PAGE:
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Milwaukee Chamber's Intimate 'The Lion in Winter'

Theater Review

Apr. 20, 2011
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Many people recall The Lion in Winter as a 1968 Oscar-winning film starring Katharine Hepburn and Peter O'Toole as an aging king and queen who struggle to hang onto their royal positions. But a theater production of the same story can be an intimate, funny and heartbreaking experience. Milwaukee Chamber Theatre's version of The Lion in Winter opened Friday at the Broadway Theatre Center. It continues through May 1.

The story is set in 1183, during the Christmas holiday celebrations. For the occasion, English King Henry II (Brian Mani) has temporarily freed his conniving wife, Eleanor (Tracy Michelle Arnold), from the castle in which he has imprisoned her. In her absence, Henry has taken a 23-year-old mistress, Alais. The actor who plays this role, Alexandra Bonesho, is among several Marquette University theater students who appear in this production. Chamber Theatre has teamed up with Marquette University to involve about 20 students in various aspects of this show, from acting to production and administration.

Judging from the excellence of Bonesho's performance, and that of another student, J. Patrick Cahill, this has been an exceptionally successful collaboration. Cahill provides much of the show's humor as the doltish son, John, who announces an obvious situation long after the rest of the family has grasped its significance. The king favors John as his successor, despite powerful opposition from the couple's other sons, Richard (Marcus Truschinski) and Geoffrey (Lenny Banovez). Each of the three actors superbly demonstrates the strengths and weaknesses of each character under Producing Artistic Director C. Michael Wright's direction.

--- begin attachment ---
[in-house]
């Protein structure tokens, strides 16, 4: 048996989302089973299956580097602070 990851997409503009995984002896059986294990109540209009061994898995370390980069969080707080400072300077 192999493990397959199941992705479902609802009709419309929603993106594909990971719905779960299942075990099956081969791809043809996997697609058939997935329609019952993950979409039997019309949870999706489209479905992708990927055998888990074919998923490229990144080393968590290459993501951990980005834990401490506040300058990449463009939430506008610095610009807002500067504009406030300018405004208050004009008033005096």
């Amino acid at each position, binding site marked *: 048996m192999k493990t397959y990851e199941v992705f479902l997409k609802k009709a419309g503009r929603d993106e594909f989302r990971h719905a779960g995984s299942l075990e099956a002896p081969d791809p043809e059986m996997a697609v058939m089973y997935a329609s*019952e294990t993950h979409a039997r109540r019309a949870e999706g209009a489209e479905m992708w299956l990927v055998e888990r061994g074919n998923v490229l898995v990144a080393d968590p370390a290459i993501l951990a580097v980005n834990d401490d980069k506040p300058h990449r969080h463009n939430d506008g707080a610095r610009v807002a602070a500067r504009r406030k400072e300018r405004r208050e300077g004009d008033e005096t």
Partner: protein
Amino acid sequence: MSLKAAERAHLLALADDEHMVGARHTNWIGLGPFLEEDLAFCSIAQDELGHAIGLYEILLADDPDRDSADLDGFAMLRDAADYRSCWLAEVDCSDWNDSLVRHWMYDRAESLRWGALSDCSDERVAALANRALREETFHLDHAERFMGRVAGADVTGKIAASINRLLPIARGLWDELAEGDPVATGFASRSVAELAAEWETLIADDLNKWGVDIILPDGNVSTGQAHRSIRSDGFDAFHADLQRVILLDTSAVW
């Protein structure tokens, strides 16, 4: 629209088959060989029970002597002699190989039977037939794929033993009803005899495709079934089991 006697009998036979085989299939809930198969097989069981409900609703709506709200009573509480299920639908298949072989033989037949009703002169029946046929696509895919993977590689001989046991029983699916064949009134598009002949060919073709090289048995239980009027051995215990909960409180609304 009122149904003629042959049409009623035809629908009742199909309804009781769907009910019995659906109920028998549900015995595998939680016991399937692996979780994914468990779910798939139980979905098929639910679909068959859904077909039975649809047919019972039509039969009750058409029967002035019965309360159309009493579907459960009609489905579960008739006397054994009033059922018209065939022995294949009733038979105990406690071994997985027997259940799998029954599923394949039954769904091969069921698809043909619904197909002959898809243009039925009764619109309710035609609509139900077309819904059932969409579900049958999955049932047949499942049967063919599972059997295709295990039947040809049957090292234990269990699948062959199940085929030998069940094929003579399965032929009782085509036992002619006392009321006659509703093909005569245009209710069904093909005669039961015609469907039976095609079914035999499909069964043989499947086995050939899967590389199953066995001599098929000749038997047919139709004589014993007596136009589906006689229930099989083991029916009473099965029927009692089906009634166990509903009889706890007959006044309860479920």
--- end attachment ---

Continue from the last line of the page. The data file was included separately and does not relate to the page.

But the heart of James Goldman's play lies in a family torn by violence, greed and jealousy. Each scene builds successfully upon the last to produce a powerful effect in the play's final moments. Mani and Arnold adeptly play the two leading roles, King Henry and Queen Eleanor. In some of the play's finest scenes, they cuddle and reminisce about the "old days" when their now-grown sons were mere toddlers. But this tenderness doesn't last long. Henry and Eleanor are also extremely well matched in battle, since they know the other so well. The coldness of the family's hearts is emphasized in the beautifully constructed set, a towering series of stone pillars filled by hard, wooden furniture. Impressive lighting enhances the set's effectiveness.

The Lion in Winter continues in the Cabot Theatre at the Broadway Theatre Center through May 1.  For tickets, contact the box office at 414-291-7800.


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